This brings us back to the marriage debacle. After the Massachusetts and San Francisco marriage breakthroughs of 2004, parts of the country were clamoring for protection of the “sanctity of marraige.” It was a huge campaign issue. Probably enough to secure the president’s re-election, though John Kerry was similarly opposed to same-sex marriage, though you’d never know it from the coverage. Fast forward to this year. The president’s poll numbers are in a freefall based on stagnation in Iraq and an overall lack of public presence to project a strong image. It’s a Congressional election year, and a majority of the country is feeling vehemently anti-incumbent. So what do the president and his pals in the Senate do? They bring back up the canard of gay marriage, and their attempt to engrave a state issue into the federal constitution fails once again. But they tried, damnit! And they’ll be sure to remind us as campaign commercials start rolling out before November.
What someone needs to remind the president is that our federal system of states’ rights is doing exactly what it should do on this issue, exactly the opposite of the “judicial activism” that the president claims is overtaking the nation. Massachusetts approved same-sex marriage (and re-elected nearly all the legislators who supported it), California did so as well, Connecticut approved civil unions, and the Defense of Marriage Act has been upheld thrice by federal judges (so much for that “activism” eh?). Yes, many states have also passed laws or state amendments strictly defining marriage, but that’s their right as well. That’s how our system is supposed to work. On issues where the several states can effectively make up their own minds, the federal government is supposed to butt its nosey ass out.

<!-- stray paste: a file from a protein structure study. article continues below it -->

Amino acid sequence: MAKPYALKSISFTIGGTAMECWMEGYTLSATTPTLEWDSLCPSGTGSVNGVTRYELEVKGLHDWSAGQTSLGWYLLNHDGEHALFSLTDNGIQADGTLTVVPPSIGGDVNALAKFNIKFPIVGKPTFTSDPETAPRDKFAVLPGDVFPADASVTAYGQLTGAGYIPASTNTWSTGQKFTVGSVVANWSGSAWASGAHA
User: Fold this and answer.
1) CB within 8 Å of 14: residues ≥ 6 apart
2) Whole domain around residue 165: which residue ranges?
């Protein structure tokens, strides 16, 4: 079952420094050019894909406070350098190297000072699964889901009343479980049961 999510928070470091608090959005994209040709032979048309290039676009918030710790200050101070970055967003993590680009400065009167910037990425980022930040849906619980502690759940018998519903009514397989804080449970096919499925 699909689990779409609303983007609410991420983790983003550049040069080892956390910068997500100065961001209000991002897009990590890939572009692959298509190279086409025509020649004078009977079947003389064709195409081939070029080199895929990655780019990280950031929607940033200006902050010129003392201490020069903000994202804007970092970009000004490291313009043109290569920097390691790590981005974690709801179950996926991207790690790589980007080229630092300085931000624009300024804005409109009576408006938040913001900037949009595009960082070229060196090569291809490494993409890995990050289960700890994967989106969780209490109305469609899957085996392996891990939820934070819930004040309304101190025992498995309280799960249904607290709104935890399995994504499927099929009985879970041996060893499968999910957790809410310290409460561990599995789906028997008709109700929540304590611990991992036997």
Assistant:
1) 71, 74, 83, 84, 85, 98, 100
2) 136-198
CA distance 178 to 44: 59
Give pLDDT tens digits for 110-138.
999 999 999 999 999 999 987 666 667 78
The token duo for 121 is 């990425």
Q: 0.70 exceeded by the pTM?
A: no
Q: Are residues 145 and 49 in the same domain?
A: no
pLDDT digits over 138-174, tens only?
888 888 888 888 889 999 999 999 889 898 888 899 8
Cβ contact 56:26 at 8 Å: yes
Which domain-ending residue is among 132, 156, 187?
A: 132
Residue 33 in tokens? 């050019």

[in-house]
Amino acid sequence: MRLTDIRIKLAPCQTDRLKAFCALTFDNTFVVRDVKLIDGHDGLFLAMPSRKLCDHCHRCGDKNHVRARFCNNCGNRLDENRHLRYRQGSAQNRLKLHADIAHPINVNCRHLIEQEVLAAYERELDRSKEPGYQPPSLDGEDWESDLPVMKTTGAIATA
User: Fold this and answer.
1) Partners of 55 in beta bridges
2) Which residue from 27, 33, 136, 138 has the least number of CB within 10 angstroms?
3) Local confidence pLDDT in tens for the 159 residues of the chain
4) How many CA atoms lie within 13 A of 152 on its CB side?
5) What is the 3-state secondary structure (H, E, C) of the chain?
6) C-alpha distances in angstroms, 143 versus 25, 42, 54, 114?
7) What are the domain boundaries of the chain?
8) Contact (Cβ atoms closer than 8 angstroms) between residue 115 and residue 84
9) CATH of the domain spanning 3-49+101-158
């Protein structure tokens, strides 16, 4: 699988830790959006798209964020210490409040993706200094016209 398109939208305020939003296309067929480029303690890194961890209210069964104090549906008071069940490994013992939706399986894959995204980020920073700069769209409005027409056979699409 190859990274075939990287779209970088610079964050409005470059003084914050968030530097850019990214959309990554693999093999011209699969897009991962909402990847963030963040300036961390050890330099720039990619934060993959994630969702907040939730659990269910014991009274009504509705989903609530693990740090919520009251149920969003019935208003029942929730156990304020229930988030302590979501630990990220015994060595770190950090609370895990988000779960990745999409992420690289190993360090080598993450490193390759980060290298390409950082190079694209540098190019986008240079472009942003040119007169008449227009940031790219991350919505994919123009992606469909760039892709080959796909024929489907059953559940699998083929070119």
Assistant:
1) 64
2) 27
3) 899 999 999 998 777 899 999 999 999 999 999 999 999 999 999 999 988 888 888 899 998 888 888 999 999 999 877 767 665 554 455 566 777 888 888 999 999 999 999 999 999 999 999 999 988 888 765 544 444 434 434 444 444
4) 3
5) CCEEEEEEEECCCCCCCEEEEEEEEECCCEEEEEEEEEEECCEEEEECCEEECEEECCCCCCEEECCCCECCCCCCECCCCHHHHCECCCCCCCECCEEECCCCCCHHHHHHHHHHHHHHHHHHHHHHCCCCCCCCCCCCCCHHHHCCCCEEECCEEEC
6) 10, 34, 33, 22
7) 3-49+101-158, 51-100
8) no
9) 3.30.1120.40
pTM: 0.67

This is one issue that the Democrats have consistently correct. No one can hurt my marriage but my wife and I. However, we must protect the Constitution from these petty partisan potshots at all costs.
(a much better dissection of the issue is here)
Fundamentalists amuse me. All day long on the radio, people were calling in fretting about how the end of the world was going to start today or the antichrist was going to be born today. Somehow I don’t think omnipotent supernatural entities follow the modern Gregorian calendar.
The apostles and writers of the New Testament thought that Jesus was going to come back and end the physical world in their lifetimes, so they wrote it down to warn everyone to be prepared. Subsequently, every generation since then has thought they were going to see the end of days. They were all wrong. So are all you wackjobs who had C-sections yesterday to keep your children from being evil (they will be anyway, trust me).
Did the end of the world come on June 6, AD 106? No, I don’t think so. How about 206? No? 306? … 1806? Nope. 1906? Nope. Then what the fuck makes you think it’s going to be today? Oh, that’s right, it’s your pathetically overdeveloped sense of spiritual self-importance. Spare us your fevered ego tainting our collective unconscious and have a little fun for once.